Reverse saturation current for 1N4004

Discussion in 'Homework Help' started by danielwbbr, Oct 11, 2013.

  1. danielwbbr

    Thread Starter New Member

    Oct 11, 2013
    Hi all!

    I've started playing with diodes for the first time but I've run into a little problem. I'm currently attempting to plot the V-I characteristics of a 1N4004 silicon diode using a approximation of Shockley's equation namely:

    I ≈ ({I}s)(e^{40*{V}D})​

    where {V}D is the operating voltage of the diode and I is the operating current.

    {I}s is the reverse saturation voltage from what I've read but I have no idea where to find this value for the 1N4004. :confused:
    Is the reverse saturation current something that is known or is it a dynamic value that will have to be independently calculated?

    Thanks all in advance for any input as I'm really confused at the moment.
  2. Jony130

    AAC Fanatic!

    Feb 17, 2009
    You can do two things:
    Firs is to find a spice model for a diode and find that
    Is =14.11nA a

    Id = Is*e^(VF/Vd)

    Or you need to measure it on the bench. You need to do four measurements:
    First measure a diode forward current Id1 and diode VF1 for that Id1 current.
    Next you increase diode current to the value Id2 and measure Id2 an VF2.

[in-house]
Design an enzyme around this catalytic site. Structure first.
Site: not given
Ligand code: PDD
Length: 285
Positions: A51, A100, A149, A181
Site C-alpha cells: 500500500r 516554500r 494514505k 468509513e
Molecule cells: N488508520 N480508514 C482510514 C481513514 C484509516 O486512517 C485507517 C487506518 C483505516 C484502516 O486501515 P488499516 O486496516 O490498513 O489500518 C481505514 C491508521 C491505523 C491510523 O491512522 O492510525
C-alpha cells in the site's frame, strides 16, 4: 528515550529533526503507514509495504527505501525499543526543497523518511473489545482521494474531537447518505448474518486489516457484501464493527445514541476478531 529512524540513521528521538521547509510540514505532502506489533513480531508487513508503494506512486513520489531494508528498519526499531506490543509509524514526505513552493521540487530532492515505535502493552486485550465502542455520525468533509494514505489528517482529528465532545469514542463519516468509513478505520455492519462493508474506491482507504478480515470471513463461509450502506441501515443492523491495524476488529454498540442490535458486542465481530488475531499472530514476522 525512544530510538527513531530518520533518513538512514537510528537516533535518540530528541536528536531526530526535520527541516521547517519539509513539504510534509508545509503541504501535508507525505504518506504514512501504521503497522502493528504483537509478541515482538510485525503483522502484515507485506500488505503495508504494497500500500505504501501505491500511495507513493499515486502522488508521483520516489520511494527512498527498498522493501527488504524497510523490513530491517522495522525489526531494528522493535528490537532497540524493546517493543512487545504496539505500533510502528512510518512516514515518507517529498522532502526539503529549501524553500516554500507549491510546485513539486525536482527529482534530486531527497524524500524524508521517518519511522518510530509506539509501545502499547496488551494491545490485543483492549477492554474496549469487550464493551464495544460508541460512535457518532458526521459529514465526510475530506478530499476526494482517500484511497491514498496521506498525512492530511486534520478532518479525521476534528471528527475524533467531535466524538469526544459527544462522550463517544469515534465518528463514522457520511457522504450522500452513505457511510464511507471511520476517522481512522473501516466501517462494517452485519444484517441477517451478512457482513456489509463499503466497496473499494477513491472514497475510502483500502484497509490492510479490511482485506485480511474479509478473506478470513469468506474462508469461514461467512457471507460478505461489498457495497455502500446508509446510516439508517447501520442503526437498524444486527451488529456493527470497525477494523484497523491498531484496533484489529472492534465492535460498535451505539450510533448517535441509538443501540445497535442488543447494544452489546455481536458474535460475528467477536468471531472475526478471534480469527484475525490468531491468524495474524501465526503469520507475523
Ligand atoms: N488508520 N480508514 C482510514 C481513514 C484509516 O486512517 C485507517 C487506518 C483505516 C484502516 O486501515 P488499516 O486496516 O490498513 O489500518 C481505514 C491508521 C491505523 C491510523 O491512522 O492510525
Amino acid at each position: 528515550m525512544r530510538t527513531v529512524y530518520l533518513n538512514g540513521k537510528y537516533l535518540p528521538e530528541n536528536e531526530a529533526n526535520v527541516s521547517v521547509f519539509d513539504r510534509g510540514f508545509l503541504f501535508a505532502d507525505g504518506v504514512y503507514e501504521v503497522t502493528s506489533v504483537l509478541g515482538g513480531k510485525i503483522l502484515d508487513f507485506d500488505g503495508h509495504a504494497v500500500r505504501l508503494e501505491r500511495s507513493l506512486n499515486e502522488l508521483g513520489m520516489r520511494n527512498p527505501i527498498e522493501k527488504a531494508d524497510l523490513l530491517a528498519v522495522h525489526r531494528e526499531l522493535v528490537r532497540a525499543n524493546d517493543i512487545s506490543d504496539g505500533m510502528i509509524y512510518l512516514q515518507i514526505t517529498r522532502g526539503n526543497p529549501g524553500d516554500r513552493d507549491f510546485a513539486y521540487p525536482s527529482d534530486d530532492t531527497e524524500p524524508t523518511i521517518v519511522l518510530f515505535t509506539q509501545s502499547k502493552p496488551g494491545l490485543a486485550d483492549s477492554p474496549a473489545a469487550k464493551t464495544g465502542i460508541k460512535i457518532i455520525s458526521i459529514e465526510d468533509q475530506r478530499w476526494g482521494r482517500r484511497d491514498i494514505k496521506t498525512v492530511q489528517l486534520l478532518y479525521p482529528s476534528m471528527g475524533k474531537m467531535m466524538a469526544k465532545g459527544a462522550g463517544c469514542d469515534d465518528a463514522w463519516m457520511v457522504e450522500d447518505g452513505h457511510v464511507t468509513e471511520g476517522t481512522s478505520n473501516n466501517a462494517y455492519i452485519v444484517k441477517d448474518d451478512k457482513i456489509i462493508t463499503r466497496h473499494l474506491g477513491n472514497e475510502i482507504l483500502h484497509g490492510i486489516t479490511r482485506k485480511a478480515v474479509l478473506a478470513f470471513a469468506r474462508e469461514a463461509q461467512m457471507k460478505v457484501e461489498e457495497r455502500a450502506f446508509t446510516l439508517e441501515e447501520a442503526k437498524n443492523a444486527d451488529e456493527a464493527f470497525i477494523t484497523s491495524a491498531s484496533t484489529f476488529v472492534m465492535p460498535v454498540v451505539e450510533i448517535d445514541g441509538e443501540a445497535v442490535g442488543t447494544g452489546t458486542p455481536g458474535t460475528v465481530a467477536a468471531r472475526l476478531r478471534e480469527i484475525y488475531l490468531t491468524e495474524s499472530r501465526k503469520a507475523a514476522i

And then we can find VD thermal voltage

    \Large V_{D}=\frac{V_{F2} - V_{F1}}{ln \frac{I_{d2}}{I_{d1}}}


    \Large Is = I_{d2} *e^{\frac{-V_{F2}}{{V_D}}}

    For example for
    Id1 = 50mA, VF1 = 0.768V
    Id2 = 100mA , VF2 = 0.792V

    We have

    Vd = (0.782V - 0.768V)/( ln(100mA/50mA)) = 34.624mV


    Is = 100mA*e^(-0.792V/34.624mV) = 11.64pA
    Last edited: Oct 11, 2013
    danielwbbr and anhnha like this.
  3. WBahn


    Mar 31, 2012
    Calculating an actual number for Is is seldom done and seldom worth it (now, for some occupations/applications, this isn't the case).

    Instead, what you generally want is a reference point -- what is Vd at a particular Id, say Vref @ Iref -- and then a convenient way to find Vd for different values of Id (or Id for different values of Vd). This is easily done for the simplified diode equation you are working with. I'll let you play with that notion awhile.
    danielwbbr likes this.
  4. danielwbbr

    Thread Starter New Member

    Oct 11, 2013
    Thanks for the feedback!!

    I think I have a handle on whats going on now!
  5. WBahn


    Mar 31, 2012
    Glad to hear it.

    In case you're interested (and there might be some of the interpretation here that you might find useful), I've put together a blog entry that you (or others) might enjoy: